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Publication numberUS3765971 A
Publication typeGrant
Publication dateOct 16, 1973
Filing dateOct 20, 1970
Priority dateOct 20, 1969
Also published asDE1952741A1
Publication numberUS 3765971 A, US 3765971A, US-A-3765971, US3765971 A, US3765971A
InventorsFleissner H
Original AssigneeFleissner H
Export CitationBiBTeX, EndNote, RefMan
External Links: USPTO, USPTO Assignment, Espacenet
Process for the dry production of a fiber web
US 3765971 A
Abstract
A method and apparatus for producing a fiber web by a dry method which comprises adding at least a portion of a bonding agent to the loose fibers and forming the loose fibers into a web, the bonding agent being uniformly distributed throughout the web.
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Description  (OCR text may contain errors)

1 United States Patent 1191 1111 3,765,971 F leissner 1 Oct. 16, 1973 [5 PROCESS FOR THE DRY PRODUCTION OF 2,794,759 6/1957 Dildilian l56/62.2 X A FIBER WEB 3,147,165 9/1964 Slayter 156/622 3,220,900 11/1965 Ewerbring 156/622 InventorI Heinz Fleissner, wolfsgartenstr 3,529,447 9/1970 Eleissner et a1 68/5 Frankfurt am Main, Germany [22] Filed: Oct. 20, 1970 Primary Examiner-Edward G. Whitby [21] Appl' Attorney-Craig, Antonelli, Stewart & Hill [30] Foreign Application Priority Data Oct. 20, 1969 Germany P 19 52 741.4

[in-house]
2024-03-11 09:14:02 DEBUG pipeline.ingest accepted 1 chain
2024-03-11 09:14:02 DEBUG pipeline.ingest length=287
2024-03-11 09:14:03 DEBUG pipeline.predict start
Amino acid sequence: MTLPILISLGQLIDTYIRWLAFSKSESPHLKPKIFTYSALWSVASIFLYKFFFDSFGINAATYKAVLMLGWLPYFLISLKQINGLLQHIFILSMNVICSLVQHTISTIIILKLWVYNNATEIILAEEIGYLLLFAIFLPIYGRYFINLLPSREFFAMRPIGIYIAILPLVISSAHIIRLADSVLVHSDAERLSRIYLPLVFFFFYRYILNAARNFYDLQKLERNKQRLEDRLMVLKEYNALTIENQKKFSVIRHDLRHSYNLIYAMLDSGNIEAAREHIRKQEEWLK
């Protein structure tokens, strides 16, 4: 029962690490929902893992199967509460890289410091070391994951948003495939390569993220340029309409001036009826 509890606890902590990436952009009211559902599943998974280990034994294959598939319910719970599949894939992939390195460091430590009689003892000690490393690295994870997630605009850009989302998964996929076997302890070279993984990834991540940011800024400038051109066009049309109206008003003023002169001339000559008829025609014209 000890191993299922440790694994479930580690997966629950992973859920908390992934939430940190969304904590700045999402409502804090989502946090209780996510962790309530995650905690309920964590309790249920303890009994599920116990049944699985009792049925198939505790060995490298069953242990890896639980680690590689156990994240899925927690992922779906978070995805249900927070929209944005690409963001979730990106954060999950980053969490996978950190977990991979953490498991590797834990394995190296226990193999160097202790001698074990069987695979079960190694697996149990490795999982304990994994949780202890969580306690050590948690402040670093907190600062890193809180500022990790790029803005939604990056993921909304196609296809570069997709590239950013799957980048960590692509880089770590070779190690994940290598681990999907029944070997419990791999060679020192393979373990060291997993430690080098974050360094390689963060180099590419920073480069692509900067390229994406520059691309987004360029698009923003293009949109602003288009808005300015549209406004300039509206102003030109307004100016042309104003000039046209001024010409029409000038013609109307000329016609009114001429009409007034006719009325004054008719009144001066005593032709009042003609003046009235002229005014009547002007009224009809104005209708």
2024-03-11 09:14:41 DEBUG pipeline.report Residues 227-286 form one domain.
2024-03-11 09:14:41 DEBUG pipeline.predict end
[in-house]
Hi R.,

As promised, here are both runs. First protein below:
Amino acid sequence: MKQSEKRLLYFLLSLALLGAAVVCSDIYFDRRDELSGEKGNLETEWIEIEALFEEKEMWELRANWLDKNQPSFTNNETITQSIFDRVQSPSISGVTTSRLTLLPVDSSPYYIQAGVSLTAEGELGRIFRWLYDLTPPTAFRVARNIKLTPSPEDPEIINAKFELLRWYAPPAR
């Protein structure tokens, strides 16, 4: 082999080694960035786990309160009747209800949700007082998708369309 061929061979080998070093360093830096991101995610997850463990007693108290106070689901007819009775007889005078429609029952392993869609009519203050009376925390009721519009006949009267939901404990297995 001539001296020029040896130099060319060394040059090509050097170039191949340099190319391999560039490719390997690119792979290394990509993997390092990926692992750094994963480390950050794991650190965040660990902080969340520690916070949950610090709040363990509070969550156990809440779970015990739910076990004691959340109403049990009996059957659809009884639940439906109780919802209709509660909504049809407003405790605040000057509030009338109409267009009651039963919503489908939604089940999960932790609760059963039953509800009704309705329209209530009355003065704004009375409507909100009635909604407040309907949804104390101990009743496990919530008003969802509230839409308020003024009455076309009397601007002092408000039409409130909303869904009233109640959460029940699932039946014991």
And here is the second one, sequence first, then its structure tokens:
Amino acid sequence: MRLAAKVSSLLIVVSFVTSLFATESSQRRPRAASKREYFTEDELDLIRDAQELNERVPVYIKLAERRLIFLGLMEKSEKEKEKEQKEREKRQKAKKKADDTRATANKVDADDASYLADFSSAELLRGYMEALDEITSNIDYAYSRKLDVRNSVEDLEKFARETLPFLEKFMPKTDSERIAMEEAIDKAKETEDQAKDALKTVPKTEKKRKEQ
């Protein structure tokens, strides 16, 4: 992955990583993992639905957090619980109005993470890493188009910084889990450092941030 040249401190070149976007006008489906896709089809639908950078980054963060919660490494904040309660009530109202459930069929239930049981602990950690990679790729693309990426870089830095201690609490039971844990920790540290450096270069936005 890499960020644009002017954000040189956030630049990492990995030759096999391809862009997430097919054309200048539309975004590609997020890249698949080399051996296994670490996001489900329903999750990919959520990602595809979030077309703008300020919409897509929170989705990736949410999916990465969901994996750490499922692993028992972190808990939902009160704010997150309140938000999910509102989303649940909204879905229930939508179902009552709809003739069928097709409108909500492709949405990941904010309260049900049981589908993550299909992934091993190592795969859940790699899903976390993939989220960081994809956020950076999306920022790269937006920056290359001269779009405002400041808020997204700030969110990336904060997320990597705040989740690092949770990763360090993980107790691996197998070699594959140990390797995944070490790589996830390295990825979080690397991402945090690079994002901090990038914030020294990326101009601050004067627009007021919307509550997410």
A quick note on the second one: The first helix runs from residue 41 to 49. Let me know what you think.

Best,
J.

[57] ABSTRACT [52] US. Cl. 156/62.2, 68/5 R, 156/624,

156/104, 425/81 [51 Int. Cl B24t 5/00 A method and apparatus for Producmg fiber Web by 58 Field of Search 156/622, 62.4, 104; a dry method which comprises adding at least 3 P 425/80 117/21, 100 5 R tion ofa bonding agent to the loose fibers and forming the loose fibers into a web, the bonding agent being [56] References Cited uniformly distributed throughout thewebn UNITED STATES PATENTS 3,246,064 4/1966 Moore et a1. 156/622 X 9 Claims, 2 Drawing Figures Patented Oct.16,1973 I 3,765,971

2 Sheets-Sheet 1 Inventor:

HEINZ FLEBSNER BY Cvaiy, Antoneui, skemarllvsHLll ATTORNEYS Patented Oct. 16, 1973 3,765,971

2 Sheets-Sheet 2 Inventor:

HUNL FLEBSNER B cvai Antoneui, 5Lemcrt4 ATTORNEYS PROCESS FOR THE DRY PRODUCTION OF A FIBER WEB BACKGROUND OF THE INVENTION The present invention relates to a process and apparatus for producing a fiber web by a dry method, which web is bonded by means of bonding agents.